As the unsinkable Quixote, David Threlfall gives a Lear-worthy portrayal, in a physically demanding role – he gets beaten repeatedly, snatched up into the air by the sails of a windmill, and generally runs around in an apparently tireless fashion. Above all though – and I don’t just mean when he’s on the windmill – he engages us with the old man’s world-view. How romantic and exciting the mundane becomes through his eyes, when two flocks of sheep become opposing armies and when windmills become marauding giants.
The rest of the cast dash around in multiple roles. Richard Leeming makes an impression as a dozy boy servant (and later as Quixote’s horse); Nicholas Lumley delights as the Priest appropriating mucky literature; Gabriel Fleary gives a hilarious turn as the Biscayan, strutting and fretting before a fight; Natey Jones’s sowgelder, Timothy Speyer and Will Bliss as barbers… Everyone gets their turn. I could append the cast list and have done with it.
There are songs throughout, plenty of Spanish guitar, to add flavour. The period comes across through the costumes – there is very little in the way of set apart from what the cast brings on and takes off. Inventive use is made of trapdoors throughout. Johanna Town’s lighting gives us Spanish sunshine as well as evoking the changing locations and moods of this episodic narrative. Angus Jackson’s direction keeps the action flowing at speed, with more reflective moments during which his two leading men are nothing short of a joy to behold.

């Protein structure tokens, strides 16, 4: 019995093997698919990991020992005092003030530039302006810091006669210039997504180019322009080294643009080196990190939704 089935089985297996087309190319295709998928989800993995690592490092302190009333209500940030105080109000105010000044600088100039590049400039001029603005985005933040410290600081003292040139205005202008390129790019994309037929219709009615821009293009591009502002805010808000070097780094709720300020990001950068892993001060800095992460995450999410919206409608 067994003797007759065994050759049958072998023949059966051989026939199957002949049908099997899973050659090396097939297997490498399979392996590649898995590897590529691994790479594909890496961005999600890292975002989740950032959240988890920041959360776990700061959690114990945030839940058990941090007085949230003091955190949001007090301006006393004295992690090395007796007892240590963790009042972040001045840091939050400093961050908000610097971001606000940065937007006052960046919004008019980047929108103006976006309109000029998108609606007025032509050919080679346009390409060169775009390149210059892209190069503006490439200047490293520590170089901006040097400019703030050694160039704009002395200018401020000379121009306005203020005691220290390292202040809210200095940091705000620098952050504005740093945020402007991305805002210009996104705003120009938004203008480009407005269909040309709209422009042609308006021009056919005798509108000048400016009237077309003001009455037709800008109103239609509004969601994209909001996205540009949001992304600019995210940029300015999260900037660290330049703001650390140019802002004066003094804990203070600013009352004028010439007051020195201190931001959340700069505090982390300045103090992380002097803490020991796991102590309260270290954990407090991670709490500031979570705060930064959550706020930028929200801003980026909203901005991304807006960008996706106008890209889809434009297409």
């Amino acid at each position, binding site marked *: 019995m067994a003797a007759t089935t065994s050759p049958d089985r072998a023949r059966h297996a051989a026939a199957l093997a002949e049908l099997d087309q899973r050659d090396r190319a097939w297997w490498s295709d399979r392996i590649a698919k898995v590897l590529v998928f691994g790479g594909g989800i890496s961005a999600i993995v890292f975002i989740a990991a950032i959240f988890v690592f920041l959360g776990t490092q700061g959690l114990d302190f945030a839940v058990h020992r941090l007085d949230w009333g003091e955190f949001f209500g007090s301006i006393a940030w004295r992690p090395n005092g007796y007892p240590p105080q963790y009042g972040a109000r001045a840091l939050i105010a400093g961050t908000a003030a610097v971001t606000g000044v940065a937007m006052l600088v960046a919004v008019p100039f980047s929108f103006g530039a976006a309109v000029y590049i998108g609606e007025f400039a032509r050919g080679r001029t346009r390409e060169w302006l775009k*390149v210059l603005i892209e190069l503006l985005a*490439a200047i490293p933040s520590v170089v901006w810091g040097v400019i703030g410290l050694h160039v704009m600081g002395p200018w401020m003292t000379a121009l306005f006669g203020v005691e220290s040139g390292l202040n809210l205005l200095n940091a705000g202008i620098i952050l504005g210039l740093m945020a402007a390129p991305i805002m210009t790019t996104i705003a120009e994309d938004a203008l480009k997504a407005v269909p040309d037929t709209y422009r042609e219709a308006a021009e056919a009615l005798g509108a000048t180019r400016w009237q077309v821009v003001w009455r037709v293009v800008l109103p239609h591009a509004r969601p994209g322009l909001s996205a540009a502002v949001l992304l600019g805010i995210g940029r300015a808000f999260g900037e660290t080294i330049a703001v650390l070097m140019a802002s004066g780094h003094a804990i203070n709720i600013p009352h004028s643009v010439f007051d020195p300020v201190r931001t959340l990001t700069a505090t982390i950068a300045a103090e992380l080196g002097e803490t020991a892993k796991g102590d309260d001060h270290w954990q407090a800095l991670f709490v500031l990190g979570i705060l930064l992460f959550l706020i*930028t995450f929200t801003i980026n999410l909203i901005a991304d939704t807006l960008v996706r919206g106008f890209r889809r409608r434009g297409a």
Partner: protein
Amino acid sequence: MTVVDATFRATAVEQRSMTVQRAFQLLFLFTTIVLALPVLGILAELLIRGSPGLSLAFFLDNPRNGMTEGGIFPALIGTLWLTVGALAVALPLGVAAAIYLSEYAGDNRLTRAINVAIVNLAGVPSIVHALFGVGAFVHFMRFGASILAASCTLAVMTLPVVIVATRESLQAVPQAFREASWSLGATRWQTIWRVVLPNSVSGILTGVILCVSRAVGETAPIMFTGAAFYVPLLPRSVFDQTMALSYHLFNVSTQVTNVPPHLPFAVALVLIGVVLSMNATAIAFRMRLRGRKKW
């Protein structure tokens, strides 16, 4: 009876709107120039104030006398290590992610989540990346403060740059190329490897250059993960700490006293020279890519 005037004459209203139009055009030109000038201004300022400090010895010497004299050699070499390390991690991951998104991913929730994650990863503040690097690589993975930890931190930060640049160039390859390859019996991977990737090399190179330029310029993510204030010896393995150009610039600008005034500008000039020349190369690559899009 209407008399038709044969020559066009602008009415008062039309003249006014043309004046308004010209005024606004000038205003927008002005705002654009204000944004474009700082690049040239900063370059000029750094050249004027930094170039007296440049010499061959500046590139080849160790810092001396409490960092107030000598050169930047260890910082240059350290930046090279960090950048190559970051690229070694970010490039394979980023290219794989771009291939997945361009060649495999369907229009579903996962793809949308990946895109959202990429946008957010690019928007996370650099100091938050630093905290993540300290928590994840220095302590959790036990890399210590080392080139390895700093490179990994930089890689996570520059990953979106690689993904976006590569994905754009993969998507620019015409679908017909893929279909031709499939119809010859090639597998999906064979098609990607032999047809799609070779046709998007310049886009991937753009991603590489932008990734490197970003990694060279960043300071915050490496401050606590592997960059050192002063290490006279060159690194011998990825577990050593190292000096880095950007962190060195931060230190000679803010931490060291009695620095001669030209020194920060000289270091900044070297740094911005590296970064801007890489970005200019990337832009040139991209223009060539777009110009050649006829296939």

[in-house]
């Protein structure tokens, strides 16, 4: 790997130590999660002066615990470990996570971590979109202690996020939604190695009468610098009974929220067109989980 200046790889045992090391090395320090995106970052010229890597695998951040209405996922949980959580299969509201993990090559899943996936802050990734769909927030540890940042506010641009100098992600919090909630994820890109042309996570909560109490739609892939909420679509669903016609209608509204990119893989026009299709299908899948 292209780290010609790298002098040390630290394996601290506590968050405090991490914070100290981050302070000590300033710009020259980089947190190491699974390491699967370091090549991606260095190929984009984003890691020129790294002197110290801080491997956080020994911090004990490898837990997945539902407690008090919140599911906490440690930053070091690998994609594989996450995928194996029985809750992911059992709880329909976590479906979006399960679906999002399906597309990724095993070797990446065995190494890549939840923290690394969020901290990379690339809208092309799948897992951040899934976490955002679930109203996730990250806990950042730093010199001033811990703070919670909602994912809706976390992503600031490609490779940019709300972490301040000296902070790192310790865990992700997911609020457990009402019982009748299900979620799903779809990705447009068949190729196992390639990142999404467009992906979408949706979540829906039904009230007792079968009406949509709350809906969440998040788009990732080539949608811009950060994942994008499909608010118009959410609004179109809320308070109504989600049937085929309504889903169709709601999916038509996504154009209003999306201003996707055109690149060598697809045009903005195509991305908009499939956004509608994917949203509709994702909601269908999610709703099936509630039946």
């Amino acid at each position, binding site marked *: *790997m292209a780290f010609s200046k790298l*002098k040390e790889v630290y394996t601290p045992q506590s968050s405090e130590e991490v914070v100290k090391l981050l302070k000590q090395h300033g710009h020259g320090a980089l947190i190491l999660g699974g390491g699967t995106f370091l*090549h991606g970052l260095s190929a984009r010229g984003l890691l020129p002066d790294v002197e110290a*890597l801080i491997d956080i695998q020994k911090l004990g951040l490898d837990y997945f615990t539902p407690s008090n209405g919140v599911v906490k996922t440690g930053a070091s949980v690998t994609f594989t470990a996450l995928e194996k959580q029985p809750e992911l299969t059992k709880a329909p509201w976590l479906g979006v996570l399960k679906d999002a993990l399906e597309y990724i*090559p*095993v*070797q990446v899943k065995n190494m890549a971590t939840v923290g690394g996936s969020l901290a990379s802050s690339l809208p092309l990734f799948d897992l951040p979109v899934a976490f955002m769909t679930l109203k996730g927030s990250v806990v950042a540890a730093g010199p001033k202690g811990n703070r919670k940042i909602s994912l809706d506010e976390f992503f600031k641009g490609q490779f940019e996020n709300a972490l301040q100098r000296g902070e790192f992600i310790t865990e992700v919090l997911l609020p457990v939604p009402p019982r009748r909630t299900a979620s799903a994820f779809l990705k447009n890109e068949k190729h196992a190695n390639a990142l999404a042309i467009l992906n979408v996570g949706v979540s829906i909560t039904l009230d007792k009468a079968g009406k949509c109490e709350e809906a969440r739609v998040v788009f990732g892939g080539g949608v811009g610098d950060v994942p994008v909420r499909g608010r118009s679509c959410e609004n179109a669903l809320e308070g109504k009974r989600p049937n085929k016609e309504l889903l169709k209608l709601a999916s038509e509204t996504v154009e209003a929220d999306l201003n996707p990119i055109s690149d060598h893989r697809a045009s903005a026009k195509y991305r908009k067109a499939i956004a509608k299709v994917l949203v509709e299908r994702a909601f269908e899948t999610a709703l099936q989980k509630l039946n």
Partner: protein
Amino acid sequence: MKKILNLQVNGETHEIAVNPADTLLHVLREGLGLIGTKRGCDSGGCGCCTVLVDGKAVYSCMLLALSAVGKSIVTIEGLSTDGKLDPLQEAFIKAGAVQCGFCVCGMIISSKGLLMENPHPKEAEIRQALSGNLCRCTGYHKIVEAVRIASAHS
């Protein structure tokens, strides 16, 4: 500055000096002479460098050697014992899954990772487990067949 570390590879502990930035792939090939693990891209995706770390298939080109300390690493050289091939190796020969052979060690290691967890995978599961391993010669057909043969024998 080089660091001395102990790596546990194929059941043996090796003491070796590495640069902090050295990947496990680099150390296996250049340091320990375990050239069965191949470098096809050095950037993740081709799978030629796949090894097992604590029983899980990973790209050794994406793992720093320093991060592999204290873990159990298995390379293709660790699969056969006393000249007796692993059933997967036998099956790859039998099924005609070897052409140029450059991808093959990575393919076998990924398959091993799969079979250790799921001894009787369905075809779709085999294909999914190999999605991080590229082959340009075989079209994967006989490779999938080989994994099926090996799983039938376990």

The icing on this delightful cake comes in the form of babies, sheep, and a lion, from puppet-master Toby Olie and Laura Cubitt. Irresistible.
There are moments when a Pythonesque sensibility comes to the fore, and we venture into Holy Grail territory but then you have to remember how influential Cervantes is. The windmill has turned full circle.
An unadulterated pleasure from start to finish, this new Don Quixote is the must-see of the RSC’s current season.
David Threlfall and Rufus Hound (Photo: Helen Maybanks)
Leave a comment | tags: Angus Jackson, Cervantes, David Threlfall, Don Quixote, Gabriel Fleary, James Fenton, Johanna Town, Laura Cubitt, Natey Jones, Nicholas Lumley, review, Richard Leeming, Rufus Hound, Stratford upon Avon, The RSC, The Swan Theatre, Timothy Speyer, Toby Olié, Will Bliss | posted in Theatre Review